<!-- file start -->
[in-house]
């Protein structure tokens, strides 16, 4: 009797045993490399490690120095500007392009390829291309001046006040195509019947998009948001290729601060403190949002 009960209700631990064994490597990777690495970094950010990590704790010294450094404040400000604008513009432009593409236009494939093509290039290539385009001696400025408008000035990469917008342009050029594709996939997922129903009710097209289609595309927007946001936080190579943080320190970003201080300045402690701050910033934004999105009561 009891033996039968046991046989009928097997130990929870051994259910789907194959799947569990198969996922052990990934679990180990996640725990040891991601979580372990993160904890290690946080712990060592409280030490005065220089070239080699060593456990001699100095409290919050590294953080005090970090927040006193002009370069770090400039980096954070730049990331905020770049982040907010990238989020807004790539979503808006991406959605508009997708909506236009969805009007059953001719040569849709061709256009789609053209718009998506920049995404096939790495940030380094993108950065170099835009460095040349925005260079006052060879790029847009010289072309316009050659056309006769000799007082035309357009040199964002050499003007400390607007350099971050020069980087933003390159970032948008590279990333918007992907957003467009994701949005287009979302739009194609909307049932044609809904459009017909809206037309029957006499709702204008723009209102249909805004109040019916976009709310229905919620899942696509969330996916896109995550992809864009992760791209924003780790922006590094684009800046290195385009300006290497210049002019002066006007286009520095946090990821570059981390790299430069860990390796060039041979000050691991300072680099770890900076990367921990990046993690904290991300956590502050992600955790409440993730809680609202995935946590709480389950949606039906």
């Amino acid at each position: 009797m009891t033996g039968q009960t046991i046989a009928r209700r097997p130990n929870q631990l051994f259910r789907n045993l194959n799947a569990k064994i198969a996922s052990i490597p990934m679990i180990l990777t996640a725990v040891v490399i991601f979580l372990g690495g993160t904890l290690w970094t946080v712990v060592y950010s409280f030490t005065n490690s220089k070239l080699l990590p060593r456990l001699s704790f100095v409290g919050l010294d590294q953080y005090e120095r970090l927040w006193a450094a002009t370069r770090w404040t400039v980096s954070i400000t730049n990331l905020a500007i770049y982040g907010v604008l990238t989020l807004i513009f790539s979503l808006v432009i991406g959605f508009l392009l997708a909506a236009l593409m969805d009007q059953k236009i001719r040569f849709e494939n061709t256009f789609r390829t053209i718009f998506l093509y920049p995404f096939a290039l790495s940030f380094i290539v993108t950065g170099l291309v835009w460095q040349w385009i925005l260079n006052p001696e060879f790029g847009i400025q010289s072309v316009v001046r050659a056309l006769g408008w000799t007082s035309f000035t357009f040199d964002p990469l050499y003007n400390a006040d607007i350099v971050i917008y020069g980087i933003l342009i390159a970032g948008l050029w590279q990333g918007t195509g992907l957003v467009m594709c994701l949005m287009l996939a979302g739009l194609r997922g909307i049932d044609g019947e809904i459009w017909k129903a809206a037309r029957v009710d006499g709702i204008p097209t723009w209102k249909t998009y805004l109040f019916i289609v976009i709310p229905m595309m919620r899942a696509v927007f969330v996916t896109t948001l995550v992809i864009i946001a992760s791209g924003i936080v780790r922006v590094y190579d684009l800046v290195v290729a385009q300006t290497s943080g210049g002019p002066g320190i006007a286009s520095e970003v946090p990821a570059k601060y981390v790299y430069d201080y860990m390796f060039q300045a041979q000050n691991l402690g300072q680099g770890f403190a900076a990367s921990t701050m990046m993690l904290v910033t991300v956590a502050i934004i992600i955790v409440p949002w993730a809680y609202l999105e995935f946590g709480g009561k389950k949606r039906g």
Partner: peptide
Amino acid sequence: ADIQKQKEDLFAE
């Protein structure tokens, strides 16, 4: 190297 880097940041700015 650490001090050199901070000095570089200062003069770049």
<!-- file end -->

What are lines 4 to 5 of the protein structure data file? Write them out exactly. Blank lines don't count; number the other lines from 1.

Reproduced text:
Partner: peptide
Amino acid sequence: ADIQKQKEDLFAE